## Elementary Linear Algebra 7th Edition

Apart from the solution $x=0;\quad y=0;\quad z=0;$ this system has infinitely many solutions given by $$x=-\frac{3}{5}t;\quad y= \frac{4}{5}t;\quad z=t.$$ where $t$ can have any real numbered value.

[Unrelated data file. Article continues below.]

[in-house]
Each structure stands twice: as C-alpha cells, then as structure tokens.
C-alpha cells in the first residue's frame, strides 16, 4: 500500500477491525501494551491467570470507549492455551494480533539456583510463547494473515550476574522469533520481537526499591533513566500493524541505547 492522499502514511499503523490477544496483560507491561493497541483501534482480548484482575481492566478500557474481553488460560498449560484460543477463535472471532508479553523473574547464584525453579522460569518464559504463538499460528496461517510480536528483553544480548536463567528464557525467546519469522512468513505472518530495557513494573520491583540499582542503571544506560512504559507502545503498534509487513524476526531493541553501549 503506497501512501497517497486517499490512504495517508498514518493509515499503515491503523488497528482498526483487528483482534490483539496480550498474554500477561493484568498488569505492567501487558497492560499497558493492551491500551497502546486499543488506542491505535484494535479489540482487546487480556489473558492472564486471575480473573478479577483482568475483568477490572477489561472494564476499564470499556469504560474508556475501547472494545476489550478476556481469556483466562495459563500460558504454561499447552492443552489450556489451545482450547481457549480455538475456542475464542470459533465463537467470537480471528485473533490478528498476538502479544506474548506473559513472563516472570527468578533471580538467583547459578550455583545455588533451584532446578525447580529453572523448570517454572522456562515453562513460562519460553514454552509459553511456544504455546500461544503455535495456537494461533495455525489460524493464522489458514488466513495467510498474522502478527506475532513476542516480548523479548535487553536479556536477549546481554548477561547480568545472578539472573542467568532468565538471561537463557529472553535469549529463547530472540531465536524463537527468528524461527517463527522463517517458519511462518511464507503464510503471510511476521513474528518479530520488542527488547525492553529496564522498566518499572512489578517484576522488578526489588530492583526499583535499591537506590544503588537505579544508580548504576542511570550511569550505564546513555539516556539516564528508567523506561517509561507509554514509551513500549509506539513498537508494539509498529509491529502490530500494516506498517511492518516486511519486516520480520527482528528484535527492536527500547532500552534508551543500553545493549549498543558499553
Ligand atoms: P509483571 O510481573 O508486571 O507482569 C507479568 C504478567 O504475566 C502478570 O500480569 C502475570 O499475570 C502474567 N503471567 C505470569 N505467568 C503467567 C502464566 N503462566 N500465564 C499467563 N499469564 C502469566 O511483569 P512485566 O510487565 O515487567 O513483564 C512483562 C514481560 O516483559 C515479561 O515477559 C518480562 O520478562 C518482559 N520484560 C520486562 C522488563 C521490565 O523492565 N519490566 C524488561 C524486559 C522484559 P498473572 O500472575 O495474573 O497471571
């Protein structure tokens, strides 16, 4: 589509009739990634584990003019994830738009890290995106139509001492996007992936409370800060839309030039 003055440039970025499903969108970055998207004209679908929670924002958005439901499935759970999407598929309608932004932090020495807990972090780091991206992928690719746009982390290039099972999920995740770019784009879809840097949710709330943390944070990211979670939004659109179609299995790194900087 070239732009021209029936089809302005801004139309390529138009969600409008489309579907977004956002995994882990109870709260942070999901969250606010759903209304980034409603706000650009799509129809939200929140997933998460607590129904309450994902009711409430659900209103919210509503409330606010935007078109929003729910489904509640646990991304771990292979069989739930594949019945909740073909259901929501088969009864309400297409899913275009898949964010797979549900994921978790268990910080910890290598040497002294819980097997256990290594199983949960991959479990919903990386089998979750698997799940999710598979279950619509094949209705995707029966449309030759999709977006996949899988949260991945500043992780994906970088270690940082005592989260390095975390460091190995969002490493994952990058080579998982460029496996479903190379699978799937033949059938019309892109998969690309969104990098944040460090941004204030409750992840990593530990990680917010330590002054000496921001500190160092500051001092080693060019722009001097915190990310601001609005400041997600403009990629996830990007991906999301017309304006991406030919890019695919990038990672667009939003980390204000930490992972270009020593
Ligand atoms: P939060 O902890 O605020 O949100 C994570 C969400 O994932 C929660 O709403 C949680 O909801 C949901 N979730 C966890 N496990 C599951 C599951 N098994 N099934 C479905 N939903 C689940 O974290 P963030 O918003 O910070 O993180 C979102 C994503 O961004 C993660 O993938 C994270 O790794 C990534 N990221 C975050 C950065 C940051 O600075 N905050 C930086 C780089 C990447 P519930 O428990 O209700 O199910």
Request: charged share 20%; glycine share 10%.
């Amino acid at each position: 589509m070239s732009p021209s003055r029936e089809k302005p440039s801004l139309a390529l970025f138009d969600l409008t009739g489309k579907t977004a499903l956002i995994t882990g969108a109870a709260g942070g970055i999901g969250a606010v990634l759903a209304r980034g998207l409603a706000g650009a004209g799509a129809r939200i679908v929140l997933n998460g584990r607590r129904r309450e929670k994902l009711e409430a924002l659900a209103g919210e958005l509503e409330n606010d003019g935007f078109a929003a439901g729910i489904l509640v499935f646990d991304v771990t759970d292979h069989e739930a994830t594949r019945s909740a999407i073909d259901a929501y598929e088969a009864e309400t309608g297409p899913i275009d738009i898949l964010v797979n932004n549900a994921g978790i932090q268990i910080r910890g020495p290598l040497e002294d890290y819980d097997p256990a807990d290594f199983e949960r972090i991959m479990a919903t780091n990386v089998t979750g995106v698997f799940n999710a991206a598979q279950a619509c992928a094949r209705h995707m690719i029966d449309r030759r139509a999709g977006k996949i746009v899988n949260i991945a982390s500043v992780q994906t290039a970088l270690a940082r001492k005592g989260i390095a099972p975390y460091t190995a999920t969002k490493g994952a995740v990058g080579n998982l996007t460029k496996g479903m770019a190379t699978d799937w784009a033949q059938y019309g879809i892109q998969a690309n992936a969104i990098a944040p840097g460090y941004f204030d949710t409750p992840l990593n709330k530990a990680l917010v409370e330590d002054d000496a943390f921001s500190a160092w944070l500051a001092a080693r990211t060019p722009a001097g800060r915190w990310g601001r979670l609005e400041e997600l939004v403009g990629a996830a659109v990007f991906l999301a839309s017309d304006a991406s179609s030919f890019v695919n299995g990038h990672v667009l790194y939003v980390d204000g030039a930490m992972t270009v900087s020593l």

This system always has the solution $x=0;\quad y=0;\quad z=0$ because if you substitute this to each equation all of the terms on the left side will just be equal to zero and that will always exactly match the right side which is also zero. To find out if there are other solutions we will transform this system to Row-Echelon form following the steps below: Step 1: From third equation subtract the first one $$5x-5x + 15y-5y-9z-(-z)=0$$ which becomes $$10y-8z=0.$$ we can divide by $2$ to simplify: $$5y-4z = 0.$$ Now our system reads \begin{align*} 5x+5y-z = &0\\ 10x+5y+2z = &0\\ 5y-4z=&0. \end{align*} Step 2: From 2nd equation subtract the first one multiplied by $2$: $$10x-2\times5x + 5y-2\times 5y +2z-2\times (-z) = 0$$ which becomes $$-5y+4z=0.$$ Our system now reads \begin{align*} 5x+5y-z=&0\\ -5y+4z=&0\\ 5y-4z=&0 \end{align*} Step 3: Notice that the last equation is just the second one multiplied by $-1$ so it does not give any new conditions and we can drop it. Now we have two equations and three unknowns which means that we will have infinitely many solutions. To find them we will equate one of the unknowns, lets say $z$ with $t$ that can take any real number as a value and then express the other unknowns in terms of $t$: \begin{align*} 5x+5y-z=&0\\ -5y+4z=&0\\ z=t \end{align*} Step 4: Substitute $z= t$ to the second equation and express $y$ in terms of $t$: $$-5y+4t=0$$ and that gives $$y= \frac{4}{5}t.$$ Step 5: Substitute $z=t$ and $y=\frac{4}{5}t$ to the first equation and express $x$ in terms of $t$: $$5x+5\times\frac{4}{5}t-t = 0$$ and that gives $$5x+3t=0$$ which is finally $$x=-\frac{3}{5}t.$$ Step 5: We see that appart from the solution mentioned at the beginning there are infinitely many solutions given by $$x=-\frac{3}{5}t;\quad y= \frac{4}{5}t;\quad z=t.$$